What was accomplished on the local front was the passage of a wide variety of bills of particular interest to Worcester County and Ocean City. The following is a quick look at some of the highs and lows from the 2008 session:

Tax Relief Near For Trimper’s, Jolly Roger

Legislation enabling the Worcester County Commissioners and/or the Ocean City Mayor and Council to provide tax credits to two landmark amusement parks in the resort faced with soaring property tax assessments cruised through both the House and Senate, tossing the decision to provide relief back in the court of local lawmakers.

Faced with soaring property tax assessments, which rose a staggering 163-percent in the three years since the last reassessment, Trimper’s officials said last year they could be forced to close all or parts of the historic park if some relief could not be afforded. Several ideas were bandied about including a historic designation for the park, but after careful consideration, local officials opted to find a way to offer special tax credits to the park in the future. Before local officials could grant tax credits to Trimper’s, however, they needed a change in existing state law to enable the provision.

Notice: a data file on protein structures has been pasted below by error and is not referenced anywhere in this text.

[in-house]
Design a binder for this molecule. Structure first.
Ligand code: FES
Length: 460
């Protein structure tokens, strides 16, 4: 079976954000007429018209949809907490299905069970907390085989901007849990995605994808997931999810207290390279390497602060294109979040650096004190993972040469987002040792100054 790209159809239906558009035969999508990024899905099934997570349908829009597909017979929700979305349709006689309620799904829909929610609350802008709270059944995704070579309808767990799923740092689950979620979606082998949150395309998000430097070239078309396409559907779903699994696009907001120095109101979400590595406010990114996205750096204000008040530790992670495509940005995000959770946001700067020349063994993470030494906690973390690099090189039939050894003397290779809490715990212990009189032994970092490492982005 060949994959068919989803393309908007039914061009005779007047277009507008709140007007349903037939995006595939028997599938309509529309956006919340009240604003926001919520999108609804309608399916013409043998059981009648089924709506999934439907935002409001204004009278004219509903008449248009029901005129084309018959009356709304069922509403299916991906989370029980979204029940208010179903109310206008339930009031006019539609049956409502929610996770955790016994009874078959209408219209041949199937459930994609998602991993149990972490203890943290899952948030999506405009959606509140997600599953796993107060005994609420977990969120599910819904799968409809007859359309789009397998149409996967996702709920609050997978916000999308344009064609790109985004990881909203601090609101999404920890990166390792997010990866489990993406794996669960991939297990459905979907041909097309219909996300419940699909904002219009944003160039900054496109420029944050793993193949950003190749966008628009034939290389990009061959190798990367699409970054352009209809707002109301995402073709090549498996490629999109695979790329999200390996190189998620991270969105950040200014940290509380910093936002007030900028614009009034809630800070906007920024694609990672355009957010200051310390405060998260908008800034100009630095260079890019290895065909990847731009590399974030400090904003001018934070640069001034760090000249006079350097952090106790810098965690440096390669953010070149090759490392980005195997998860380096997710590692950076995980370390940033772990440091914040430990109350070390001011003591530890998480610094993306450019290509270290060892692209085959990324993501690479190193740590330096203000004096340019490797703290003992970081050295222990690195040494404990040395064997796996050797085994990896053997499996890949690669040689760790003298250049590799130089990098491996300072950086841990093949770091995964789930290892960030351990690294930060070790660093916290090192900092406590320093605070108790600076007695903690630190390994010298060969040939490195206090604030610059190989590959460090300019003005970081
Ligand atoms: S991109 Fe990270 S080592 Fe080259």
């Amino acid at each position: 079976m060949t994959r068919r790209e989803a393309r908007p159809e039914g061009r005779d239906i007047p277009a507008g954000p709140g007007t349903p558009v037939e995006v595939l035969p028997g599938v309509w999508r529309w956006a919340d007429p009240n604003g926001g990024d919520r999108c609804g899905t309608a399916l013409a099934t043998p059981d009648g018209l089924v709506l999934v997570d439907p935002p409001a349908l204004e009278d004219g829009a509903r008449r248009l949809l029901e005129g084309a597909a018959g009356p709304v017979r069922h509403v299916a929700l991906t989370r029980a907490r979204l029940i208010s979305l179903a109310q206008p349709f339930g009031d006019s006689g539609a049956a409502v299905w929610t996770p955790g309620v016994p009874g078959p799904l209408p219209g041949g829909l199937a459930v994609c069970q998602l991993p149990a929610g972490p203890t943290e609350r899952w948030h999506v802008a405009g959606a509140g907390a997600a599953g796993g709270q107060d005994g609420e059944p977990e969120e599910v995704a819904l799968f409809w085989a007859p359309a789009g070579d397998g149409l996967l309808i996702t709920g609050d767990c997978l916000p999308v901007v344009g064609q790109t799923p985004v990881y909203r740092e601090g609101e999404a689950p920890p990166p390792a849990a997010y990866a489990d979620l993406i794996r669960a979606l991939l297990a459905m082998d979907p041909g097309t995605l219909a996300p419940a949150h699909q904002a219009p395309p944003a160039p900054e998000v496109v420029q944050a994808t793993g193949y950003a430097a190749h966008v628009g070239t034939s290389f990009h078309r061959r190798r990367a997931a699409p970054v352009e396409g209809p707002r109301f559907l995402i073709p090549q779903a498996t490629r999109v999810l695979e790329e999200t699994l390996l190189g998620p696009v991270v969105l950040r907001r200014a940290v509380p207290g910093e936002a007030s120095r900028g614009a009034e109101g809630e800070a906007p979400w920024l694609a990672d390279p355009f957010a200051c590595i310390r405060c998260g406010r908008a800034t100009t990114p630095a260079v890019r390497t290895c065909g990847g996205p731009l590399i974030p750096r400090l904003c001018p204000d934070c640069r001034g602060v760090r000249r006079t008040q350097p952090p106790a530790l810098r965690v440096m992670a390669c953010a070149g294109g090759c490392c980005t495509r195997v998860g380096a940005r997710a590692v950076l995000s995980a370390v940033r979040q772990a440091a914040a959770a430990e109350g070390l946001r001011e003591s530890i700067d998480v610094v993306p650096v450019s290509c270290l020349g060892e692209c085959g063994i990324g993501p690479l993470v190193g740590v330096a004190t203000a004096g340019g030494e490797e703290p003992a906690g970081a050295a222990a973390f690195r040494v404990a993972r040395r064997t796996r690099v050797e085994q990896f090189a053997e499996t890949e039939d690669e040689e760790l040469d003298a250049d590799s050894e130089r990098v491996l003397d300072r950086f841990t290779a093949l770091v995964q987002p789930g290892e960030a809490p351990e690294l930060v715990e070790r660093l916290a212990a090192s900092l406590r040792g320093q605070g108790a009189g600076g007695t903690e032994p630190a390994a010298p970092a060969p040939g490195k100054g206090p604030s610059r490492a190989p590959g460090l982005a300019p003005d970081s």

Pointing out Trimper’s is not the only historic Ocean City amusement park threatened with extinction over soaring property taxes, Buddy Jenkins, who owns and operates the Jolly Roger parks on the Sinepuxent Pier and at 30th Street, sought similar relief.

Although the language is different in the Jolly Roger bills and the circumstances are not quite the same, the intent is the same and state lawmakers overwhelmingly approved similar enabling legislation

Convention Center Bond Bill Passes

Also enacted into law during the 2008 session was House Bill 1064, which would enable Worcester County to impose a tax on food and beverage sales in the resort if all or a portion of the increase was dedicated to the expansion of the Convention Center.

For years, there has been an additional one cent per $1 tacked on the sales tax in Ocean City to help pay for the most recent expansion of the Roland E. Powell Convention Center. The supplementary sales tax is set to expire in 2015, but with Ocean City’s convention center possibly slated for another major expansion in the next few years, the bill introduced by Mathias and Delegate Norm Conway provides the mechanism for extending it through the life of the new expansion project.

Homeowner’s Insurance In Coastal Areas Protected